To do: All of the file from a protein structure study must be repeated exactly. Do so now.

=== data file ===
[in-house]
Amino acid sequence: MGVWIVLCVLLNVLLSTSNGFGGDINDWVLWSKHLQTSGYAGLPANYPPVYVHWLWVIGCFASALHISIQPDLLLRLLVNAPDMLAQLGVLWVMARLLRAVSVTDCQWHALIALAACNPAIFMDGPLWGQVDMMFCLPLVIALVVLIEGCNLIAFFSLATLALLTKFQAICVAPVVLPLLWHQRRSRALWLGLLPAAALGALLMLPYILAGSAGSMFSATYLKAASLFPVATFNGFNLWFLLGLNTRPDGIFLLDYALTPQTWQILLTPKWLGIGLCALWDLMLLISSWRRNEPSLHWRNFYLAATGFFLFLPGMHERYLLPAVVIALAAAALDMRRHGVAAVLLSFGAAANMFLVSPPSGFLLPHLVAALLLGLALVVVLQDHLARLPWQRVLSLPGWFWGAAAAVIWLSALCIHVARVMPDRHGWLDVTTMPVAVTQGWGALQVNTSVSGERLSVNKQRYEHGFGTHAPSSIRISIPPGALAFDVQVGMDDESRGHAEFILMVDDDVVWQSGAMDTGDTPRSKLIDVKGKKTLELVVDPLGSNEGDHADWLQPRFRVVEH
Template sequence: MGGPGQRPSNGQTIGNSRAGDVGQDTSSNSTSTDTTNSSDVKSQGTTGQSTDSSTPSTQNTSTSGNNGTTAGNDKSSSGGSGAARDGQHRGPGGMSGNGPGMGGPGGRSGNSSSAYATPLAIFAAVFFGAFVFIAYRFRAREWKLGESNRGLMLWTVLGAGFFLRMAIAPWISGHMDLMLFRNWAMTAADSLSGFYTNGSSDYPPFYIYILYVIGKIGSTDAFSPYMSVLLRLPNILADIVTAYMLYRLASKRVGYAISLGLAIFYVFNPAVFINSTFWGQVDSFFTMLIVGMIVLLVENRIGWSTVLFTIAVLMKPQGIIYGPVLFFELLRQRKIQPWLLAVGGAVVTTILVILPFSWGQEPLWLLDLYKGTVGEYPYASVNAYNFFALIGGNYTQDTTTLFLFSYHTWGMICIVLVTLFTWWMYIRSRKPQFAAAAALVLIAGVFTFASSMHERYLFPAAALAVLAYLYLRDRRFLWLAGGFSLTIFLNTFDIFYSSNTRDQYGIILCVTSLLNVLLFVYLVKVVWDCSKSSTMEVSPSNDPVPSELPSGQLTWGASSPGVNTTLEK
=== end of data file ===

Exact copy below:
[in-house]
Amino acid sequence: MGVWIVLCVLLNVLLSTSNGFGGDINDWVLWSKHLQTSGYAGLPANYPPVYVHWLWVIGCFASALHISIQPDLLLRLLVNAPDMLAQLGVLWVMARLLRAVSVTDCQWHALIALAACNPAIFMDGPLWGQVDMMFCLPLVIALVVLIEGCNLIAFFSLATLALLTKFQAICVAPVVLPLLWHQRRSRALWLGLLPAAALGALLMLPYILAGSAGSMFSATYLKAASLFPVATFNGFNLWFLLGLNTRPDGIFLLDYALTPQTWQILLTPKWLGIGLCALWDLMLLISSWRRNEPSLHWRNFYLAATGFFLFLPGMHERYLLPAVVIALAAAALDMRRHGVAAVLLSFGAAANMFLVSPPSGFLLPHLVAALLLGLALVVVLQDHLARLPWQRVLSLPGWFWGAAAAVIWLSALCIHVARVMPDRHGWLDVTTMPVAVTQGWGALQVNTSVSGERLSVNKQRYEHGFGTHAPSSIRISIPPGALAFDVQVGMDDESRGHAEFILMVDDDVVWQSGAMDTGDTPRSKLIDVKGKKTLELVVDPLGSNEGDHADWLQPRFRVVEH
Template sequence: MGGPGQRPSNGQTIGNSRAGDVGQDTSSNSTSTDTTNSSDVKSQGTTGQSTDSSTPSTQNTSTSGNNGTTAGNDKSSSGGSGAARDGQHRGPGGMSGNGPGMGGPGGRSGNSSSAYATPLAIFAAVFFGAFVFIAYRFRAREWKLGESNRGLMLWTVLGAGFFLRMAIAPWISGHMDLMLFRNWAMTAADSLSGFYTNGSSDYPPFYIYILYVIGKIGSTDAFSPYMSVLLRLPNILADIVTAYMLYRLASKRVGYAISLGLAIFYVFNPAVFINSTFWGQVDSFFTMLIVGMIVLLVENRIGWSTVLFTIAVLMKPQGIIYGPVLFFELLRQRKIQPWLLAVGGAVVTTILVILPFSWGQEPLWLLDLYKGTVGEYPYASVNAYNFFALIGGNYTQDTTTLFLFSYHTWGMICIVLVTLFTWWMYIRSRKPQFAAAAALVLIAGVFTFASSMHERYLFPAAALAVLAYLYLRDRRFLWLAGGFSLTIFLNTFDIFYSSNTRDQYGIILCVTSLLNVLLFVYLVKVVWDCSKSSTMEVSPSNDPVPSELPSGQLTWGASSPGVNTTLEK